During the course of the Jeff Goins 15 Day Writing Challenge, I was delighted to “meet” Emily Wenstrom, creative and professional writer, and most recently, the founder and editor of a brand new ezine shaped specifically for fiction readers and writers.
On Day 4 of the challenge – “practice, in public” – Emily decided to step out and bring her passion to life for herself, and for all of us. When she announced the launch of her digital magazine, I asked what inspired her to step into such a huge project. I hoped Emily would share her vision for the ezine with our readers and writers.
Emily graciously agreed to reveal the path she took in creating her dream. Like all things good, she didn’t accomplish this venture overnight. She worked it, and worked on it, until she knew the moment was right. In her own words:
I’ve always loved story, in any form—books, movies, tv shows, comics, magazine features, anything.
So creative writing was a pretty natural fit. I dabbled in and out of it through high school and college. I pursued a career as a writer that let me try on many different hats–freelance journalism, managing editor of a magazine, proofing, public relations, copywriting, social media.
But eventually, I came back to fiction. And when I did, I was ready to take it seriously. I started writing every day and researched all over the web to find resources and community. I found some incredible blogs, solid sources for publishing news, and some fantastic writers’ networks.
One thing I could not find a literary publication that resonated for me. There’s wasn’t a lot of online content available. Some had painfully outdated designs that made them difficult to navigate. Even more did not have any way for me to subscribe online, and I knew that with issues released on a monthly, bimonthly or quarterly basis, I wasn’t going to remember to check back at the right time.
One morning I was listening to an NPR story about the publishing industry’s struggle transitioning to the digital age. It frustrated me. I couldn’t get it out of my mind that, in a digital world, it should be easier than ever to get people engaged with stories, not harder.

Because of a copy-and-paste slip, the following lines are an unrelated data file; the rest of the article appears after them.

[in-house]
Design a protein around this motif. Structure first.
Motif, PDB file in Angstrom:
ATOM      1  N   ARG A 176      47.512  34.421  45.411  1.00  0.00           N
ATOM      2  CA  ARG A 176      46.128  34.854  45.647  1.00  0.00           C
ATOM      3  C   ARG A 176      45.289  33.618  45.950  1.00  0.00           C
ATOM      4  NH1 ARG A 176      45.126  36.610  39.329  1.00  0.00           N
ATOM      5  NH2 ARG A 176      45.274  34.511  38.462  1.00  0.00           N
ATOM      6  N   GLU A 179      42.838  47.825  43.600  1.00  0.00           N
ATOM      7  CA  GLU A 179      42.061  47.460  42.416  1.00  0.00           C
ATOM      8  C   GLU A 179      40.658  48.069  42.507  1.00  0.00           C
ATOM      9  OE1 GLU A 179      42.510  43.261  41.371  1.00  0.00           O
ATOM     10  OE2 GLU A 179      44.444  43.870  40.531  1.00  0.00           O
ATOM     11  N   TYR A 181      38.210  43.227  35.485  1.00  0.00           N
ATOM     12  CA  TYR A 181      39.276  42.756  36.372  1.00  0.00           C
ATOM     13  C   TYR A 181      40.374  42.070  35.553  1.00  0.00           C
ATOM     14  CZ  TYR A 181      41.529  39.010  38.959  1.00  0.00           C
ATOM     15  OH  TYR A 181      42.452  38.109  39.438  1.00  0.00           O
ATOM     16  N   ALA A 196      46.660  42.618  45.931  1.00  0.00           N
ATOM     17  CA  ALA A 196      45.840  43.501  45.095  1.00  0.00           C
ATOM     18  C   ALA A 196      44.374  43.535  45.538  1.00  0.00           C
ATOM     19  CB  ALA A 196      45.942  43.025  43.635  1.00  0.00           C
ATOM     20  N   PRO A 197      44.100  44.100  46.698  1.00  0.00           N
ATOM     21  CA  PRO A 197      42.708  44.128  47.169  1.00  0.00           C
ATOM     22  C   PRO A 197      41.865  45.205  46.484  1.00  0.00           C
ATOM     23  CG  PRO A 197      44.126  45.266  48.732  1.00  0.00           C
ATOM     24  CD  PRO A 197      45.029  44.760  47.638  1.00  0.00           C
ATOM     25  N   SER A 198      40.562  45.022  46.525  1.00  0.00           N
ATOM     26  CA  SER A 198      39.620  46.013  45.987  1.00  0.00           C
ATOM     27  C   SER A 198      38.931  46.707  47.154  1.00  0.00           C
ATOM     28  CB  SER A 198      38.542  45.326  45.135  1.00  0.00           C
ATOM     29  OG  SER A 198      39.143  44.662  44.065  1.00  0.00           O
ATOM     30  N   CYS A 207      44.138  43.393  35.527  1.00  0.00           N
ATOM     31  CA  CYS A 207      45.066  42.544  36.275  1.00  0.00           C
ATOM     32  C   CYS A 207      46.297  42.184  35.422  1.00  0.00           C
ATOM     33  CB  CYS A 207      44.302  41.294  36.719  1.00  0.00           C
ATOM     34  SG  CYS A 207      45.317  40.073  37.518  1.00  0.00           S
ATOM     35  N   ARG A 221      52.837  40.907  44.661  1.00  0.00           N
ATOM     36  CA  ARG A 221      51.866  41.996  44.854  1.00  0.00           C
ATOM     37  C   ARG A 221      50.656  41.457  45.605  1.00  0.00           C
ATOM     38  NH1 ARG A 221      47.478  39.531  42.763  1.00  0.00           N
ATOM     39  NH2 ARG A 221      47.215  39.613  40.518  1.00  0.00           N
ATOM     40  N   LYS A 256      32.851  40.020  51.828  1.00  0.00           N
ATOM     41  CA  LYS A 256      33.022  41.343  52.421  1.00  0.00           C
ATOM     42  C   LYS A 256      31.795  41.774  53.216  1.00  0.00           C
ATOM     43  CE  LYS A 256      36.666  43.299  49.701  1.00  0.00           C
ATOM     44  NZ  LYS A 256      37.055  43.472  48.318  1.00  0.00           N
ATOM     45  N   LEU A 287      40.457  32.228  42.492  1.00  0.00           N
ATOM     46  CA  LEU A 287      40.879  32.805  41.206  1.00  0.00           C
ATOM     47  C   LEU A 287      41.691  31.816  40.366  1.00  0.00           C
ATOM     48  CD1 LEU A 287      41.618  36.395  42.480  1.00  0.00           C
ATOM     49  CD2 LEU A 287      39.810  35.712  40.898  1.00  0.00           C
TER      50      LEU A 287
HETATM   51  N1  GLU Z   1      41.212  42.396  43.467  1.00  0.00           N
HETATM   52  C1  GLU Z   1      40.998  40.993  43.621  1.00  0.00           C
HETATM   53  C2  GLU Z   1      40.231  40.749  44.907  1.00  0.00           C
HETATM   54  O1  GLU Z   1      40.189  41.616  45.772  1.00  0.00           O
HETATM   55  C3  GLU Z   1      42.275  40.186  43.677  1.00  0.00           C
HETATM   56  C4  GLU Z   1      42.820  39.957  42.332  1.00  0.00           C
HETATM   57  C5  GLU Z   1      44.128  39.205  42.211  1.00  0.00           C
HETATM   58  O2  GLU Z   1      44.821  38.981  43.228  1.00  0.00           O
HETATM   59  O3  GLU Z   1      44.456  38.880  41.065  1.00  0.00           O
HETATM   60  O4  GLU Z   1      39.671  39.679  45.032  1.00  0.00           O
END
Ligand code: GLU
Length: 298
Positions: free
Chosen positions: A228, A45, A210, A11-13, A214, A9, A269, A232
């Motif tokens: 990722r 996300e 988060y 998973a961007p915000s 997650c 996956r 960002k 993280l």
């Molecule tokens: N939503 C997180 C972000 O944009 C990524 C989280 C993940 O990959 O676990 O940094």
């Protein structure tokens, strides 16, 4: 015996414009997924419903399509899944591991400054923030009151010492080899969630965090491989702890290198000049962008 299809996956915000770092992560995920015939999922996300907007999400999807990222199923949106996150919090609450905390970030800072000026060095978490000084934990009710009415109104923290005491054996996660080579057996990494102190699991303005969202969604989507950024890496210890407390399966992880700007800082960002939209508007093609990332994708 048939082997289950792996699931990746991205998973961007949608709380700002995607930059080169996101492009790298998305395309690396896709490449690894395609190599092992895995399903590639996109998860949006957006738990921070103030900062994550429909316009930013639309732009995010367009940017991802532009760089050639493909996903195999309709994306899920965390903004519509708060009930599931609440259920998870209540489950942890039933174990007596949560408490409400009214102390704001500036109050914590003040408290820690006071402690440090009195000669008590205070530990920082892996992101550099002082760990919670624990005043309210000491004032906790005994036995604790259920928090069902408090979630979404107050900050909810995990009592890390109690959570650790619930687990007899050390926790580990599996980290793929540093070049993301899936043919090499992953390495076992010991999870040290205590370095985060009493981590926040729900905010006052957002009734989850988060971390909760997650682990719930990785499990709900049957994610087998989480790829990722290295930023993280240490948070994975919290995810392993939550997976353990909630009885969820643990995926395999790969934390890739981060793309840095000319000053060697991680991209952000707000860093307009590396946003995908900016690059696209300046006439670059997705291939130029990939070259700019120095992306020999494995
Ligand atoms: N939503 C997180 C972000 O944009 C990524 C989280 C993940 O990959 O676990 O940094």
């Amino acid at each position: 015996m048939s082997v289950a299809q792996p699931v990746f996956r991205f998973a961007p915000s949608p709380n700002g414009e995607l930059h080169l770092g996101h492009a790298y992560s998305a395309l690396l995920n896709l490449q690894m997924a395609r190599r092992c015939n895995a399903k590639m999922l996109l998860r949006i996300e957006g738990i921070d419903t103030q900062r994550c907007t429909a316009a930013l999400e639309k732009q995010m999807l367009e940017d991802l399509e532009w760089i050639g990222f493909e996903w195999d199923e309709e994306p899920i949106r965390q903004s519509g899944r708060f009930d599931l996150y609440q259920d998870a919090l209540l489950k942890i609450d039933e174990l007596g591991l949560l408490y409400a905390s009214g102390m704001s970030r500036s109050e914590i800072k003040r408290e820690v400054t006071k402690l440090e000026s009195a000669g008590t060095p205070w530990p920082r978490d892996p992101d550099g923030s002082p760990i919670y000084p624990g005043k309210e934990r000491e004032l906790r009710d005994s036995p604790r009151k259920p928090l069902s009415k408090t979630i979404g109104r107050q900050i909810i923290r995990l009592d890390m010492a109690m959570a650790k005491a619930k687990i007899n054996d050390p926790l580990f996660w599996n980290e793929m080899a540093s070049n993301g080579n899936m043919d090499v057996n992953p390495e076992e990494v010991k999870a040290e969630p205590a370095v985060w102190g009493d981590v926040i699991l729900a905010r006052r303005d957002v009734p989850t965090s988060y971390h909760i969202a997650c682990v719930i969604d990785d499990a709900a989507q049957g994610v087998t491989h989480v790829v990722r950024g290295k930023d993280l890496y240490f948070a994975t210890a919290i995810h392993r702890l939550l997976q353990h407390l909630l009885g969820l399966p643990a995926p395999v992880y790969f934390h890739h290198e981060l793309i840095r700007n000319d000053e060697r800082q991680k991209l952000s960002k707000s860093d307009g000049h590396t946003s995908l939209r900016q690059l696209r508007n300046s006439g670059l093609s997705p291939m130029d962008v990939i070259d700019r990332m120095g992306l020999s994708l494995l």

And that’s when it whomped me over the head: So make it happen. And there it was. I was going to create a literary zine specifically for the digital age.
I started with the elements to create strong online engagement—frequent updates, easy access to content, social media. Into it I poured all I’d learned from my time in marketing, social media, PR, and publishing—and all my passion for story.
It wasn’t easy. I’d never created a website before. It took a lot of long hours, how-to demos, coffee refills and more than a few hints from web designer friends. But over a year and a half, it slowly came to life.
And when I finally got there, I suddenly got shy. Talking up my friends about a dream was one thing. But to share my own creation with the world at large? Cringe.
For a couple months I put it off, giving myself little exercises in PR planning, weighing different ways to execute my outreach … when what I really needed to do was reach out.
But I’m biting the bullet. At every stage of the creation of my website, the same lesson has been reinforced to me—there’s nothing like the power of taking action. You can’t hoard the things you dream up. It only matters if it’s shared.
Emily Wenstrom is a professional writer working in marketing & public relations in Washington, DC, with a background in journalism. She blogs about creativity in work and art at Creative Juicer. She is also the founder and editor of wordhaus, a newly launched literary zine built for the digital age. Submit your short story in romance, mystery/thriller or sci-fi/fantasy to firstname.lastname@example.org.
Emily “bit the bullet” to share her dream with all of us. What dreams are you hoarding? Leave a comment and tell us one action you can take today in order to share your dream with the world. And don’t forget to submit a story to wordhaus soon.